As soon as you spritz a perfume onto your wrist and it reacts with your skin, you'll smell the top note, otherwise known as the opening or head note. The top note is like an introduction to the fragrance -- it might be fleeting, but it's your first impression, the first scent listed on the box, and often the selling point for the perfume. After about 30 seconds or so, you'll start smelling the middle and base notes and the fragrance will be noticeably different.
The top notes are meant to evaporate within a couple of hours, so they're usually made up of lighter oils. Citrus, herbal and lighter florals are common top notes, so you tend to notice lots of grapefruit, anise, lavender, chamomile and rose as you spray your way around the perfume department.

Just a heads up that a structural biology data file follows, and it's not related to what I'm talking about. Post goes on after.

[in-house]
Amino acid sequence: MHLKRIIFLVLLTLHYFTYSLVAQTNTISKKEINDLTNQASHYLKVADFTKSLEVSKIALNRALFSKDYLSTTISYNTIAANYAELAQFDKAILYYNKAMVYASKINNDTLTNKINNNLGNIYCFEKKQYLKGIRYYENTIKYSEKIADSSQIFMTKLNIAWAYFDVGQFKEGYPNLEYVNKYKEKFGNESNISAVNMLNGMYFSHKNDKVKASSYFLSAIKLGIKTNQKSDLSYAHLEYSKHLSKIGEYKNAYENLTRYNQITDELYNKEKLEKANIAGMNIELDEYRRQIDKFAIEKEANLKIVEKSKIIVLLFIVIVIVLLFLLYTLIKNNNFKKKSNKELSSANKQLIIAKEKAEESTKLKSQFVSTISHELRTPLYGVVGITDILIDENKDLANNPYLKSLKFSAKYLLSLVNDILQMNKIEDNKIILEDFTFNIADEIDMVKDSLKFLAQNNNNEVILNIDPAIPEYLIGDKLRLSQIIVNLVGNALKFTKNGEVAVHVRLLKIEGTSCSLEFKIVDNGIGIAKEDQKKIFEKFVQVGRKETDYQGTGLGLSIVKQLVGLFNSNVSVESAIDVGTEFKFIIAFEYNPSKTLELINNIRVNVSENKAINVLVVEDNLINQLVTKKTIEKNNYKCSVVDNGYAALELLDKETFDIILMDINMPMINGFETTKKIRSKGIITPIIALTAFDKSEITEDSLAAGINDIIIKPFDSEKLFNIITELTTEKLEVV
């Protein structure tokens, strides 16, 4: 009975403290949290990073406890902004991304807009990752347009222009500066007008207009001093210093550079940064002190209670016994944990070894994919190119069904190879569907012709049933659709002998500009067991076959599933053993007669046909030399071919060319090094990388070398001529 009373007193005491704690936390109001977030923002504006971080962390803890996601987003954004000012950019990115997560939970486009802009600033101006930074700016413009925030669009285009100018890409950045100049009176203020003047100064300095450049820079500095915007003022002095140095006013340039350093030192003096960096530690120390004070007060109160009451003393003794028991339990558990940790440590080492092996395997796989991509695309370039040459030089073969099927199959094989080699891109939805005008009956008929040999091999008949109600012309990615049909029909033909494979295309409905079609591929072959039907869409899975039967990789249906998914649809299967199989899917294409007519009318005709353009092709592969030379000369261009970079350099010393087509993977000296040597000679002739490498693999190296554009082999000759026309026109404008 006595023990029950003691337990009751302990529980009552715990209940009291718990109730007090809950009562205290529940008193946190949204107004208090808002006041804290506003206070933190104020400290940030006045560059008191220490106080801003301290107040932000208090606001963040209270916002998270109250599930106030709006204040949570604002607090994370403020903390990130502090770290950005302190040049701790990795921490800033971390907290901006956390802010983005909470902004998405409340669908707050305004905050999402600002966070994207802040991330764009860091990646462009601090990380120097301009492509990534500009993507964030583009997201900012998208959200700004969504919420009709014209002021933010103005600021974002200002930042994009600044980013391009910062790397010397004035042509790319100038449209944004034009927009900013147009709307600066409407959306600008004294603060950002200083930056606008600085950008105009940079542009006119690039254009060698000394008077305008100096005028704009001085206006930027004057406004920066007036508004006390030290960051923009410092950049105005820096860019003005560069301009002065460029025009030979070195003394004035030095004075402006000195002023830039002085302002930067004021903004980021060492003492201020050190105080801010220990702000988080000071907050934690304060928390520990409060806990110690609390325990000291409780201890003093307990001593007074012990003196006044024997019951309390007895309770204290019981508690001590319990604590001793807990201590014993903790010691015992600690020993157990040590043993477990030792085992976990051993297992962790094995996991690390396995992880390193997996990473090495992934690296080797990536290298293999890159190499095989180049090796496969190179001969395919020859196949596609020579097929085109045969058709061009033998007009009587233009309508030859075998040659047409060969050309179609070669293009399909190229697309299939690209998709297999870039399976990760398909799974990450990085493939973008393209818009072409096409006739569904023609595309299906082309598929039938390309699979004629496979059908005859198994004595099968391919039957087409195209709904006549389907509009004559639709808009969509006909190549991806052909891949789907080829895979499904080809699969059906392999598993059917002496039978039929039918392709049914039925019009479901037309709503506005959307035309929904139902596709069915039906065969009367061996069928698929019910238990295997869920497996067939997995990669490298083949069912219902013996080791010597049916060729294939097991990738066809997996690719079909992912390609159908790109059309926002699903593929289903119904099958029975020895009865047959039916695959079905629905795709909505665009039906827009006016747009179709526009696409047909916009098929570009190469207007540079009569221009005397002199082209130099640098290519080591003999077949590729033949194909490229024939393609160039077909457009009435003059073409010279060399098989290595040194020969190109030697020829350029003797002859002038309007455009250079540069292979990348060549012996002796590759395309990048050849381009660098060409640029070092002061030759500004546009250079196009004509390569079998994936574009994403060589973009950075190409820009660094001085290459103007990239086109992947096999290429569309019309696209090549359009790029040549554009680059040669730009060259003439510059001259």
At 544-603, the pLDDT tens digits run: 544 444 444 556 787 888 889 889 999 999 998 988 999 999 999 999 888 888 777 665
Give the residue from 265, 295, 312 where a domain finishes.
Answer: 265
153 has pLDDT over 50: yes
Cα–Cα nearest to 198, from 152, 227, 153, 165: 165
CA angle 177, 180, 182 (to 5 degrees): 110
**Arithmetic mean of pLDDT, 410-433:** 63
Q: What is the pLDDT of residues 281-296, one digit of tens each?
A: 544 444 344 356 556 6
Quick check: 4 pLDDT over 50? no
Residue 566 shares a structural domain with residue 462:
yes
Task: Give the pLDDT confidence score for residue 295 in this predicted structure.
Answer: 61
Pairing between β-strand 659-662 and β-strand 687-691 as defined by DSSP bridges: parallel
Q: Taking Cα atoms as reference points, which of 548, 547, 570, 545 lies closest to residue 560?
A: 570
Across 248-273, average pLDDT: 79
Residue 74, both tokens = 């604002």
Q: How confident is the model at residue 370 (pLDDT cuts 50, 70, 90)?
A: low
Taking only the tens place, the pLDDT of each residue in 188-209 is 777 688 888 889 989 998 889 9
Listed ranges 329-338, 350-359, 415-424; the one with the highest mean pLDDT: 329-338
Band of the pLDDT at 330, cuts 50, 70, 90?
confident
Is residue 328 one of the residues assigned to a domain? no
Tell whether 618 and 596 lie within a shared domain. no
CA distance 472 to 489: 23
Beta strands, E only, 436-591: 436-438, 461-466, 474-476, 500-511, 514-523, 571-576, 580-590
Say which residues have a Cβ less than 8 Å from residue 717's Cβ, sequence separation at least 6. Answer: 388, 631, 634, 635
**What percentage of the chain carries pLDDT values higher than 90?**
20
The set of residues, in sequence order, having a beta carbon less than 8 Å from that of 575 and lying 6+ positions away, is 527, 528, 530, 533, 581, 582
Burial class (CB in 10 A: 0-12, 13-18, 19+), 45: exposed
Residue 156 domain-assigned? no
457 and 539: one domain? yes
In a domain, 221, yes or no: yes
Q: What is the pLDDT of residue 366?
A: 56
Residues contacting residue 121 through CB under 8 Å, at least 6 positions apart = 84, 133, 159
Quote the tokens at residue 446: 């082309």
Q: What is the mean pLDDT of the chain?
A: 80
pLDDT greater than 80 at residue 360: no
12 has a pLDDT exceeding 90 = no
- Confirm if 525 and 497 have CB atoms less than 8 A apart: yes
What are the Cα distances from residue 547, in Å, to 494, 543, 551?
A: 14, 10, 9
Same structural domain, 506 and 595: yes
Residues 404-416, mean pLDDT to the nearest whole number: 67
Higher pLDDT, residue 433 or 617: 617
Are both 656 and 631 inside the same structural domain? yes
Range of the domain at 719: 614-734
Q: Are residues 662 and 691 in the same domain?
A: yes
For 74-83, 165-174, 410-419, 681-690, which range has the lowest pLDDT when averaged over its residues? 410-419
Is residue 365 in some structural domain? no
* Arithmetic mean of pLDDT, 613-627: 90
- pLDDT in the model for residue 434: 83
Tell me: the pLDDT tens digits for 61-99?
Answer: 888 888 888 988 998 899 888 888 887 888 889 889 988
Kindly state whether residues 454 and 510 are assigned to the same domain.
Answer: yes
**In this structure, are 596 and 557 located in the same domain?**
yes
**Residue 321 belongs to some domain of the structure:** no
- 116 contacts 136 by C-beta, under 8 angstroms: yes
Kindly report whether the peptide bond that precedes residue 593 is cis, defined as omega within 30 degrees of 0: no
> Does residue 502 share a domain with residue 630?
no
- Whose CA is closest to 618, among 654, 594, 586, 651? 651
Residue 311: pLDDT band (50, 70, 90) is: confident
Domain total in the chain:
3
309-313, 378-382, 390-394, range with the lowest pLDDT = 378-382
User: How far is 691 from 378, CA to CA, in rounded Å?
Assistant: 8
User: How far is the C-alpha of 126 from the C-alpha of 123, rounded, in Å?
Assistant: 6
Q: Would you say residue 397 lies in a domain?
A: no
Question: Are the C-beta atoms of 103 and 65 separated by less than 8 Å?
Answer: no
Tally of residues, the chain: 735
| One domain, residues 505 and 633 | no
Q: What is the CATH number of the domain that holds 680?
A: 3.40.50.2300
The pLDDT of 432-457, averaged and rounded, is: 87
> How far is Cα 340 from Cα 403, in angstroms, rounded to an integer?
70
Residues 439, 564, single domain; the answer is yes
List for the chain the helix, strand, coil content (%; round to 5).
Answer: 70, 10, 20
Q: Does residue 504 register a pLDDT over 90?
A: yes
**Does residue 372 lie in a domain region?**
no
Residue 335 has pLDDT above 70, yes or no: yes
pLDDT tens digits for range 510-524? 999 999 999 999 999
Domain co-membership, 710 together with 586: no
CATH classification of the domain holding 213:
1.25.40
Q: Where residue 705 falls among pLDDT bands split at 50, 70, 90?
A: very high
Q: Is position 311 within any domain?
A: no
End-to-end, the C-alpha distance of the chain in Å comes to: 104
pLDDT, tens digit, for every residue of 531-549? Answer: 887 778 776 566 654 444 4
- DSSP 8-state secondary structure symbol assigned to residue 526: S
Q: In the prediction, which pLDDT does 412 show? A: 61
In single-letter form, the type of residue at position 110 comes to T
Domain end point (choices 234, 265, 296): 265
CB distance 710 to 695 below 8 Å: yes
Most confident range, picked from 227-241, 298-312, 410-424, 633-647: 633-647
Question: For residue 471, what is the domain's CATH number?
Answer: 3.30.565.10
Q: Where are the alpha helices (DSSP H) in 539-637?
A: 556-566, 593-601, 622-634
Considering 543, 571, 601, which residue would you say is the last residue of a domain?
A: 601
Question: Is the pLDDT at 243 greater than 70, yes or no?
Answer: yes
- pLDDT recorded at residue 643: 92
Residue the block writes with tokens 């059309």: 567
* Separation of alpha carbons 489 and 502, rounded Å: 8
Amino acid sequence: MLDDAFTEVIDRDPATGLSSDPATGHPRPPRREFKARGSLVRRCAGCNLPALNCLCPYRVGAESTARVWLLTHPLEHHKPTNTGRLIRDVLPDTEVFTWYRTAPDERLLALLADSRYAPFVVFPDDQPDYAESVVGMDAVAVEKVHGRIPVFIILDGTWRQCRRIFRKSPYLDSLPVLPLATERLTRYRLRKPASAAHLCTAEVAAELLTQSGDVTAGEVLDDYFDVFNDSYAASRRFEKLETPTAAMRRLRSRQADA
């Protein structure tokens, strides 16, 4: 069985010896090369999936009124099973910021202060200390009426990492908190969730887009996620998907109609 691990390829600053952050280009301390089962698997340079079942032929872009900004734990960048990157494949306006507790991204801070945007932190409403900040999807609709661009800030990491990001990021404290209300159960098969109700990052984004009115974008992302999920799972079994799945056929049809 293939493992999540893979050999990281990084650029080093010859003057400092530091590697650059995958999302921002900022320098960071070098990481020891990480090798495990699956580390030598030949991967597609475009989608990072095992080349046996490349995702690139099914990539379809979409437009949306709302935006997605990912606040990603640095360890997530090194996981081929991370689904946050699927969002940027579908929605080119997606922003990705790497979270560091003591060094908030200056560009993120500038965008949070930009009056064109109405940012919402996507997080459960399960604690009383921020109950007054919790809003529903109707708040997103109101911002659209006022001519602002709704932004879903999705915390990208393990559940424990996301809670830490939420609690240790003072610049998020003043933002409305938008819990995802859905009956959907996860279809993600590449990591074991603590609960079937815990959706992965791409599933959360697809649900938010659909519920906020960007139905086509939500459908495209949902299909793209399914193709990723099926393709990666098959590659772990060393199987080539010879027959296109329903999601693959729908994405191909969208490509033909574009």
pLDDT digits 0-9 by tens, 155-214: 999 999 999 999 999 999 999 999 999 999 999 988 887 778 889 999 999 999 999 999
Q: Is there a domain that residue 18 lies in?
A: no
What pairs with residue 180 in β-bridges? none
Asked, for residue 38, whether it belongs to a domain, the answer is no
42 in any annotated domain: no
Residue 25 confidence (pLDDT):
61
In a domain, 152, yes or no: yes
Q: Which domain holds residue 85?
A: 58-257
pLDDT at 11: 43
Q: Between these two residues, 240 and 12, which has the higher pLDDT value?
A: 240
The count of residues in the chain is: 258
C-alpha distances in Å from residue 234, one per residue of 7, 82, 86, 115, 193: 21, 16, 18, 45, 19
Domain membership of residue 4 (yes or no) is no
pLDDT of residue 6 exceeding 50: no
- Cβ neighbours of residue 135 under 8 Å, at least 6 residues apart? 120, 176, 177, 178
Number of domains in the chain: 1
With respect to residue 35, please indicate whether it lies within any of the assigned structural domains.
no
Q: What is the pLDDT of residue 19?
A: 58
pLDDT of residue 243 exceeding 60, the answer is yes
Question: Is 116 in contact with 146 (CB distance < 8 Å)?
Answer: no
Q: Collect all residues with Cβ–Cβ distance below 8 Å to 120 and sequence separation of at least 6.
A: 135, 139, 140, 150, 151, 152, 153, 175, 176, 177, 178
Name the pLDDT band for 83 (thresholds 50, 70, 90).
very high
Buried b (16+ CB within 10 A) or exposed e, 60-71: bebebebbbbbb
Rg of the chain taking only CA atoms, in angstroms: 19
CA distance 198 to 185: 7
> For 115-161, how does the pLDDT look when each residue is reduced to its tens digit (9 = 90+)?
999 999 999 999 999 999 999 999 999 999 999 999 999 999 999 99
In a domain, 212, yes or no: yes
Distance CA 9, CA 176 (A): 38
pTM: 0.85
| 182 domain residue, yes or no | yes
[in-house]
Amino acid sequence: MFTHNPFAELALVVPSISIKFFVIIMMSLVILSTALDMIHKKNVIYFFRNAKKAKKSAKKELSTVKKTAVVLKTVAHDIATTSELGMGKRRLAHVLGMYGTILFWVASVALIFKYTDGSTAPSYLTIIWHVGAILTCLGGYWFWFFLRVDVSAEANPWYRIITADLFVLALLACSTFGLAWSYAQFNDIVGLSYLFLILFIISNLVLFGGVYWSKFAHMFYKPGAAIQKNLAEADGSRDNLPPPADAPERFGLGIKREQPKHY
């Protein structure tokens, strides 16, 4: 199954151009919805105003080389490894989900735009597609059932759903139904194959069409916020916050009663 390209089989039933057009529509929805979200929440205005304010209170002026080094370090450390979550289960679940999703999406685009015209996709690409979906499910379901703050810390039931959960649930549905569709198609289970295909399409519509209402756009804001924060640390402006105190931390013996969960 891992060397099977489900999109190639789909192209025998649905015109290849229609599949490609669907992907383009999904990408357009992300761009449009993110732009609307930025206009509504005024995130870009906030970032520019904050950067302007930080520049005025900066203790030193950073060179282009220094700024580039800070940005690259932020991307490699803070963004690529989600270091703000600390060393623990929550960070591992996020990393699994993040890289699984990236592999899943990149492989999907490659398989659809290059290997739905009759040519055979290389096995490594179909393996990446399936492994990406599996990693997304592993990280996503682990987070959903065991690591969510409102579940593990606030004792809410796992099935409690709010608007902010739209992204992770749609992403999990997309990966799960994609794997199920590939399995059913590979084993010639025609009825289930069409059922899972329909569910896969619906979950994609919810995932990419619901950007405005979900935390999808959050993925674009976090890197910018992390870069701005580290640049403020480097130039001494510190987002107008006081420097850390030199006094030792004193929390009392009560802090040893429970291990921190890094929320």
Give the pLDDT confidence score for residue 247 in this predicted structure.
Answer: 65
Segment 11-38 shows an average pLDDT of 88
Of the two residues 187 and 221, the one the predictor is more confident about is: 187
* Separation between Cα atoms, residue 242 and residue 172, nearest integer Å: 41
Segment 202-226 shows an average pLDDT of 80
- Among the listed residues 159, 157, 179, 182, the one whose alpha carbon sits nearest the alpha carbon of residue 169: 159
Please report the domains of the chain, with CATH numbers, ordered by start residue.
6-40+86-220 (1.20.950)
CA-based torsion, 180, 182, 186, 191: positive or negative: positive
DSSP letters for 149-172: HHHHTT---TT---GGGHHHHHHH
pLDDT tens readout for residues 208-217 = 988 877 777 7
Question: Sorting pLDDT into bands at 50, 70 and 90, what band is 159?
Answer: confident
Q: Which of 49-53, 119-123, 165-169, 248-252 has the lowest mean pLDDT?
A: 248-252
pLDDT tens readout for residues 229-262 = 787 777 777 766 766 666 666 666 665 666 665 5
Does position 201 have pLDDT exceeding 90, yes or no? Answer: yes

As we said, there's no official limit to how many ingredients go into each component of a perfume, but three seems to be the magic number for top notes -- at least that's how many are usually listed for a perfume. Chanel No. 5, a picture of which you'll find in the dictionary under "classic perfume," has top notes of ylang-ylang, neroli (which are actually more common as heart notes), and aldehydes (a synthetic compound). Joy by Jean Patou, another oldie but goodie, hits you first with peach, leafy greens and those aldehydes again.
Once the initial rush of the top notes subsides, the heart notes sneak in ...